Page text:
I think at least some of this misses a point here, though, that that is that I have just listed all of the hits Lewis gave up in 2 2/3 innings of work: those two hits contributed to losing the game, but the fact is that he pitched a perfect ninth, threw first-pitch strikes to nine of the ten batters he faced, struck out three, and walked nobody. He threw 29 strikes in 36 pitches, a Vintage Raffy type of ratio. He's a multi-inning guy for a bullpen that sorely needs such beasts.
Here's something I can't figure out, though: Lewis has been brought in several times this season to face left-handed hitters, normally in place of a guy with ROOGY tendencies like Betancourt or Joe Smiff. I know he was a successful closer last season, and sported virtually no platoon split last season (.267/.336/.444 vs. lefties, .264/.350/.405 vs. righties), but ... um ... guys ... has anyone actually looked at THIS season?
Jensen Lewis is okay against righties, yielding a .278/.316/.500 line hurt by a homer in 19 plate appearances. Hey, he's not walking many (just 1).
Jensen Lewis is almost preposterously, unFATHomably bad against lefties this season. Lefties are hitting .450/.538/1.050 against him.
Let me say that again: lefties are pounding Jensen Lewis to the tune of a ONE POINT FIVE EIGHT EIGHT (1.588!) OPS. Yes, it's only 26 PA. Did I mention the .450 average or the four-digit slugging percentage? That's really just immensely bad.
Too bad there was no left-handed pitcher available last night.
5) Wait, you've got to be kidding me, or at least trying to kill me
Travis Hafner was sent to the DL with shoulder soreness. This topic has been address in many places with many different conclusions summarily drawn. I have no insight to add.
I will say this, though: when your roster has 13 pitchers and 12 hitters ... and you send a hitter to the DL ... you f*#&ing damn well better call up a hitter.
Wait, maybe this is premature. Maybe if you have two exceptionally versatile and talented hitters on the bench, you can afford to do this for a night. I mean, do the math: 9 guys in the lineup means you have a two-man bench. You can get away with a two-man bench, I suppose, as long as no one gets hurt or you don't need a hitter or something. But if those two guys can hit, I suppose that ...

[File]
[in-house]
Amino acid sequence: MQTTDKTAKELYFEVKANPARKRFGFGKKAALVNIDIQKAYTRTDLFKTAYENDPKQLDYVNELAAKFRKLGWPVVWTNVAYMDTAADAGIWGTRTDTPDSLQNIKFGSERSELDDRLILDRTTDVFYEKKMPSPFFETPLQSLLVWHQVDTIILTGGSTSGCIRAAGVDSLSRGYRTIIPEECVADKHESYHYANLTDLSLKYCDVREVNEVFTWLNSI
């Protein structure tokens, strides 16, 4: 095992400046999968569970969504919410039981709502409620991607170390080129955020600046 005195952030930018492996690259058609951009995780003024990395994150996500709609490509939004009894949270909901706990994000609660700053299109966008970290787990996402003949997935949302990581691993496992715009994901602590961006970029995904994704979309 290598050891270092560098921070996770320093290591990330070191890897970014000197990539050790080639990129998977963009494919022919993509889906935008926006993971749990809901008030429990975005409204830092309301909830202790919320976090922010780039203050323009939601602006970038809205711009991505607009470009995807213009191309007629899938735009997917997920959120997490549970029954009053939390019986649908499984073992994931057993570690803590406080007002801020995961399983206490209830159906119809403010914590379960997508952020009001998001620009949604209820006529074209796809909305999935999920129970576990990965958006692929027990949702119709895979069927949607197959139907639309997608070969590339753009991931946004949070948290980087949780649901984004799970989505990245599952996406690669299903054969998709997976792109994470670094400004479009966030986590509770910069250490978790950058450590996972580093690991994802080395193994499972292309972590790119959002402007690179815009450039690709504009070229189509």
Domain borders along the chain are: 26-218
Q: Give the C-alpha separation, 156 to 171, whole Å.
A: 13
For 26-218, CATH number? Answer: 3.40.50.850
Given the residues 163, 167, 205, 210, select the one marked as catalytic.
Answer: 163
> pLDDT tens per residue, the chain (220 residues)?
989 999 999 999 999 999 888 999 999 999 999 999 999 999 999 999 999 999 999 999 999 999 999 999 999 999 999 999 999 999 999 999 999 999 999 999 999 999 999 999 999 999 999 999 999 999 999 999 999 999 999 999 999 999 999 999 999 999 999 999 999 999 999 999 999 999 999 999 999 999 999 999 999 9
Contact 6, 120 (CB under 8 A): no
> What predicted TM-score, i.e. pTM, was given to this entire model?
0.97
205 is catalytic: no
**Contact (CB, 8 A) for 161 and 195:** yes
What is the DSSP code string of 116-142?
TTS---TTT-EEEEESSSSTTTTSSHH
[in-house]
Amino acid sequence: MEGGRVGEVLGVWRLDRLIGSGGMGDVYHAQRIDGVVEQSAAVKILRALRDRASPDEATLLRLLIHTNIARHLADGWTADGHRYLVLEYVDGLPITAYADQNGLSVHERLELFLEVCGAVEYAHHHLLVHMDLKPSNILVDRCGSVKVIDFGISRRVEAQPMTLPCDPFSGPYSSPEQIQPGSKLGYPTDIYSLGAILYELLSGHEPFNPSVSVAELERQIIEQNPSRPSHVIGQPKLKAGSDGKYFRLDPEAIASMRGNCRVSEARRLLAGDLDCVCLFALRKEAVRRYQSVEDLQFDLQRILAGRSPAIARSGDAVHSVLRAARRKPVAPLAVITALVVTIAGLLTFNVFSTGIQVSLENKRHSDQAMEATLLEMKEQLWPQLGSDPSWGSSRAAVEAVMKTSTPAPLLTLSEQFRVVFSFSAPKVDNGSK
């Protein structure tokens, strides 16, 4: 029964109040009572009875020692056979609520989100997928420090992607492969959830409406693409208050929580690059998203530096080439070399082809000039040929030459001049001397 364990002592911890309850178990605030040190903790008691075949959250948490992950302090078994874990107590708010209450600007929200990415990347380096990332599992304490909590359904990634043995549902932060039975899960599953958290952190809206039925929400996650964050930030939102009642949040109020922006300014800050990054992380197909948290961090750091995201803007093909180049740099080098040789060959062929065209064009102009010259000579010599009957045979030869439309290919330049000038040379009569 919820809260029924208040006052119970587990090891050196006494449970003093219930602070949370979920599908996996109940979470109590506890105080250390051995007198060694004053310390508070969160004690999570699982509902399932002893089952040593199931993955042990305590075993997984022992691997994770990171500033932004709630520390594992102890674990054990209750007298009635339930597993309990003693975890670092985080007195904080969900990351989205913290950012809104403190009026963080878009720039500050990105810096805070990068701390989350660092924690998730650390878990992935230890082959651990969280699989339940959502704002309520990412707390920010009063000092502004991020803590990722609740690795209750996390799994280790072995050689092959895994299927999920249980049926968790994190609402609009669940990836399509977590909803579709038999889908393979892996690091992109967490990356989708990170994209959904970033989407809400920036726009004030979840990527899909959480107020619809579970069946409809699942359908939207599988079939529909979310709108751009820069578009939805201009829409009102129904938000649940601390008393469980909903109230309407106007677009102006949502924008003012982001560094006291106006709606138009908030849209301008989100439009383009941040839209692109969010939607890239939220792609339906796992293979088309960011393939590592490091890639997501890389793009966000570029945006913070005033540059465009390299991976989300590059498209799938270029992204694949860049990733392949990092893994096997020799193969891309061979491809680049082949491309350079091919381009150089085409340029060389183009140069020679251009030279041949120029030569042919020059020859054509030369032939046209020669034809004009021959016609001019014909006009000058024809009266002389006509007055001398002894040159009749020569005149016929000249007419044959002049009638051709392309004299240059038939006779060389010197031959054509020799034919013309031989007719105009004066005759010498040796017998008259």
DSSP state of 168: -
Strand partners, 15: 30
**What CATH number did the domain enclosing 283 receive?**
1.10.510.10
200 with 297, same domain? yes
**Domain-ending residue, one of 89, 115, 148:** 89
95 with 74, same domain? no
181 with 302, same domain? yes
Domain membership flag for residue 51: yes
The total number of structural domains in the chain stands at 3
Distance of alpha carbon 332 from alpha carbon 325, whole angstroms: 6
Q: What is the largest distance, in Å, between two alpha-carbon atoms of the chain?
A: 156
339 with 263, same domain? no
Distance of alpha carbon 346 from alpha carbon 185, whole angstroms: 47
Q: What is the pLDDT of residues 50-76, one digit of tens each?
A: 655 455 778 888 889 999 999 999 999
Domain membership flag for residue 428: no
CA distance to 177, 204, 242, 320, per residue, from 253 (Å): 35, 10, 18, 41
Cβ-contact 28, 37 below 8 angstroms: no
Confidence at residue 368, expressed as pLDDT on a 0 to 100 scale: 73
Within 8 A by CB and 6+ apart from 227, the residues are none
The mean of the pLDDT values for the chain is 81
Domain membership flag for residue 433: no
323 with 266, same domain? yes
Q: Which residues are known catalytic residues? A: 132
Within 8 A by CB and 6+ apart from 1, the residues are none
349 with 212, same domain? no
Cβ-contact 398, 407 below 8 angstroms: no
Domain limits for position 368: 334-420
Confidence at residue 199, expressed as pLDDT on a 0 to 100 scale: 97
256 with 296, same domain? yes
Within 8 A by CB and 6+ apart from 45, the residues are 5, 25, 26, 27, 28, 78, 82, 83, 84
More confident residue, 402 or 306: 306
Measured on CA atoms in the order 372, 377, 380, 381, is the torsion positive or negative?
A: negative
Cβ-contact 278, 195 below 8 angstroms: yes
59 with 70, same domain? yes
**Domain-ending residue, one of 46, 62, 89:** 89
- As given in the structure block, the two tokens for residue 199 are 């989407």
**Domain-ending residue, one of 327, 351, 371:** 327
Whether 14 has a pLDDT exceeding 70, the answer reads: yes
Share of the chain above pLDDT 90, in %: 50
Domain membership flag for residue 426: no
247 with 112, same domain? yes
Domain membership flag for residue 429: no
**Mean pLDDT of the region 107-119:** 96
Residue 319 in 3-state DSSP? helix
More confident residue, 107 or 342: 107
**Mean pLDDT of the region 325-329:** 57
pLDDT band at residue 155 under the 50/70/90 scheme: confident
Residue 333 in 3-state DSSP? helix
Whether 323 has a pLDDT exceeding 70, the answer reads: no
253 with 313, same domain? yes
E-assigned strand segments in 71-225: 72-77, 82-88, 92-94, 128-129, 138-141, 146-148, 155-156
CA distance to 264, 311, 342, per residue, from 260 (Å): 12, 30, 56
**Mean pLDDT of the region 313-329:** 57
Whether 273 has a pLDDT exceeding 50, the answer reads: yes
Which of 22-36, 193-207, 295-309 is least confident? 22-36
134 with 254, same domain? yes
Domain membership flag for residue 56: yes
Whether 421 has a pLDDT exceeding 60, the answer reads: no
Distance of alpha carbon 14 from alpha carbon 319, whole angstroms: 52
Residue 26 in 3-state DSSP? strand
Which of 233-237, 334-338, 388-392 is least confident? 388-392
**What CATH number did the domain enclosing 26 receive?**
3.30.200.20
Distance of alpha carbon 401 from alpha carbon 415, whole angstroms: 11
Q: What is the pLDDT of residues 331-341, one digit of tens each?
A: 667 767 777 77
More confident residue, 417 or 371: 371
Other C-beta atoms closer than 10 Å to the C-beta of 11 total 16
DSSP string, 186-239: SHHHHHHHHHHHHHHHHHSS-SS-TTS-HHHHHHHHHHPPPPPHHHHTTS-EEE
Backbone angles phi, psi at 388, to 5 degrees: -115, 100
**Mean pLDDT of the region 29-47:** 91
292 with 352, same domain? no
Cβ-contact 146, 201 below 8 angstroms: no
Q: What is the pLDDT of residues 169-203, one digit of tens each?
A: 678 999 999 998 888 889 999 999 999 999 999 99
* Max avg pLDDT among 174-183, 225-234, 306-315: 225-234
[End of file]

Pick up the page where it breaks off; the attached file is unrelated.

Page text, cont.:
... wait, the two guys are Trevor Crowe and Tony Graffanino?
Your bench is two guys, and the two guys are mind-bogglingly terrible?
You are telling me that you're going to send out a .900 OPS hitter and replace him with a pitcher because you have two guys on the bench who COMBINED have an OPS of .803? COMBINED OPS of .803. Crowe has a .462 OPS ... not OBP, not SLG, but OPS ... and is the FAR superior hitter this season? You have a two-man bench consisting entirely of MOLD?
Because you have to call up a left-handed reliever, just in case everyone else dies of scurvy ...
... who you do not use, stretching Jensen Lewis to a THIRD INNING facing a left-handed hitter in the 10th?
I mean, doesn't this kind of defy belief? That can't possibly have happened, could it?
6) Welcome to the ... wait, where'd he go?
The paper tells me Rich Rundles was called up before the game.
Then it tells me he was sent back down after the game.
My guess is that he just stayed home and ate Cheetos. Good on ya, Rich! Nice work if you can get it, I suppose. Let's hear it for Rich Rundles, ladies and germs!
7) Wait, that looks familiar
Our veteran third baseman, a guy who can play the outfield in a pinch as well as other positions, hammered his 5th home run of the season last night. A guy with surprising pop, he hit 20+ homers last season and has surprising base-stealing ability, something you might not think about a guy in his mid-thirties.
On the other hand, on a potential inning-ending double play, he thoroughly bollixed a routine play: his error loaded the bases and heavily contributed to the loss.
If only he would grow a beard and wear #1, I would know exactly what was going on.
(Odd note on DeRosa vs. Blake, though: DeRosa is hitting .174/.283/.326 with the bases empty, .308/.341/.513 with runners on base, and .346/.370/.538 with runners in scoring position. These numbers would have surprised me if Blake had posted them.)
8) Ice, ice, baby
I've written about DeRosa's cold streak, but he did bang out a homer and drew a walk on a 1-for-4 night. And Jhonny Peralta has been mentioned as well: he looked like he might be snapping out of his slump, but pulled out a magnificent 0-for-5 night with a Tinfoil Hat.
However, consider a third player who has reached base in 5 times in his past 24 plate appearances for a brisk .208 OBP. A man who is hitting .136 over that span, ended innings with a total of three men in SCORING POSITION last night, and got picked off first the one time he did reach base (on a walk). Fortunately, he is hidden deep in the lineup as ... the leadoff hitter.
I'm not going to go out on the Limb of Foolishness and call for Grady Sizemore's benching or anything, but goddam, this offense is better when he isn't awesomely bad.
By the way, the Indians hit .253/.358/.412 with nobody on. They hit .278/.358/.474 with runners on base! Yay! They hit .235/.340/.392 with runners in scoring position. Hm, that's not so good.
They hit .116/.263/.253 with runners in scoring position and 2 outs.
One. Six. Teen. Mark DeRosa has three of the 11 hits (in 95 AB). Trevor Crowe, who is a mook, is tied for second with 2.
One sixteen! Great Scott, that's terribibble.
9) Naïve question
Does Jon Lester get Five Free Balks each season? Is he on the Andy Pettitte Plan? Does he really need the help?
10) Blue Moon Special
There is a typo in my box score: it says, "3B: V. Martinez."
Ha ha! Very funny, Austin American-Statesboy! You can't fool me! Nice try, though.